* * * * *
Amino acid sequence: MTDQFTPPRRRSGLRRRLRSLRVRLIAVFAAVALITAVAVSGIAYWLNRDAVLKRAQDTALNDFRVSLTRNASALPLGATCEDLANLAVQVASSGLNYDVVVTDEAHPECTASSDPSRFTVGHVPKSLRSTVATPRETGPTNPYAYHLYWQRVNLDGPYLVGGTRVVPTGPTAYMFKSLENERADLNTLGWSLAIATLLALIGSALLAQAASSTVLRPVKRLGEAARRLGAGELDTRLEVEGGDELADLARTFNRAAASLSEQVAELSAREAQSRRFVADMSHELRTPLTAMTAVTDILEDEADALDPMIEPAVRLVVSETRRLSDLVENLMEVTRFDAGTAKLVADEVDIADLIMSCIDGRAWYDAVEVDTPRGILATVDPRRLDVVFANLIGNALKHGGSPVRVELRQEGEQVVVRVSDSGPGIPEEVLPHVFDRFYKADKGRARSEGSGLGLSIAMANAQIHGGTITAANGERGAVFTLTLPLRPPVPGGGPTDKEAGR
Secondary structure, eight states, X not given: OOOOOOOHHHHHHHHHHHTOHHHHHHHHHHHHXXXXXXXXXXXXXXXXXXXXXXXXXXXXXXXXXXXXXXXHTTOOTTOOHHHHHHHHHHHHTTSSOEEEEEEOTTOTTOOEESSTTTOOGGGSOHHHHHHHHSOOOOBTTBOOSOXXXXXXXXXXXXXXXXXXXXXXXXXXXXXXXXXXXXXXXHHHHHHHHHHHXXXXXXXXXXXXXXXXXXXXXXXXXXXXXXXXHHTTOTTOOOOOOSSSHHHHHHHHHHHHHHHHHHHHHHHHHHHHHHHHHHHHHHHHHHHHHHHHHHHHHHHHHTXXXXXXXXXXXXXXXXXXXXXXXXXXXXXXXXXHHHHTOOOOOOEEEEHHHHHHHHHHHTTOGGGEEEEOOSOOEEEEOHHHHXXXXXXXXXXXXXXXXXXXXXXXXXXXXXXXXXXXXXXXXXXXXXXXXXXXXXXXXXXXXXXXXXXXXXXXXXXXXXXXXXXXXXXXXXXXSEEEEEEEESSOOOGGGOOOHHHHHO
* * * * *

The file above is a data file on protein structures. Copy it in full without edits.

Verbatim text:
Amino acid sequence: MTDQFTPPRRRSGLRRRLRSLRVRLIAVFAAVALITAVAVSGIAYWLNRDAVLKRAQDTALNDFRVSLTRNASALPLGATCEDLANLAVQVASSGLNYDVVVTDEAHPECTASSDPSRFTVGHVPKSLRSTVATPRETGPTNPYAYHLYWQRVNLDGPYLVGGTRVVPTGPTAYMFKSLENERADLNTLGWSLAIATLLALIGSALLAQAASSTVLRPVKRLGEAARRLGAGELDTRLEVEGGDELADLARTFNRAAASLSEQVAELSAREAQSRRFVADMSHELRTPLTAMTAVTDILEDEADALDPMIEPAVRLVVSETRRLSDLVENLMEVTRFDAGTAKLVADEVDIADLIMSCIDGRAWYDAVEVDTPRGILATVDPRRLDVVFANLIGNALKHGGSPVRVELRQEGEQVVVRVSDSGPGIPEEVLPHVFDRFYKADKGRARSEGSGLGLSIAMANAQIHGGTITAANGERGAVFTLTLPLRPPVPGGGPTDKEAGR
Secondary structure, eight states, X not given: OOOOOOOHHHHHHHHHHHTOHHHHHHHHHHHHXXXXXXXXXXXXXXXXXXXXXXXXXXXXXXXXXXXXXXXHTTOOTTOOHHHHHHHHHHHHTTSSOEEEEEEOTTOTTOOEESSTTTOOGGGSOHHHHHHHHSOOOOBTTBOOSOXXXXXXXXXXXXXXXXXXXXXXXXXXXXXXXXXXXXXXXHHHHHHHHHHHXXXXXXXXXXXXXXXXXXXXXXXXXXXXXXXXHHTTOTTOOOOOOSSSHHHHHHHHHHHHHHHHHHHHHHHHHHHHHHHHHHHHHHHHHHHHHHHHHHHHHHHHHTXXXXXXXXXXXXXXXXXXXXXXXXXXXXXXXXXHHHHTOOOOOOEEEEHHHHHHHHHHHTTOGGGEEEEOOSOOEEEEOHHHHXXXXXXXXXXXXXXXXXXXXXXXXXXXXXXXXXXXXXXXXXXXXXXXXXXXXXXXXXXXXXXXXXXXXXXXXXXXXXXXXXXXXXXXXXXXSEEEEEEEESSOOOGGGOOOHHHHHO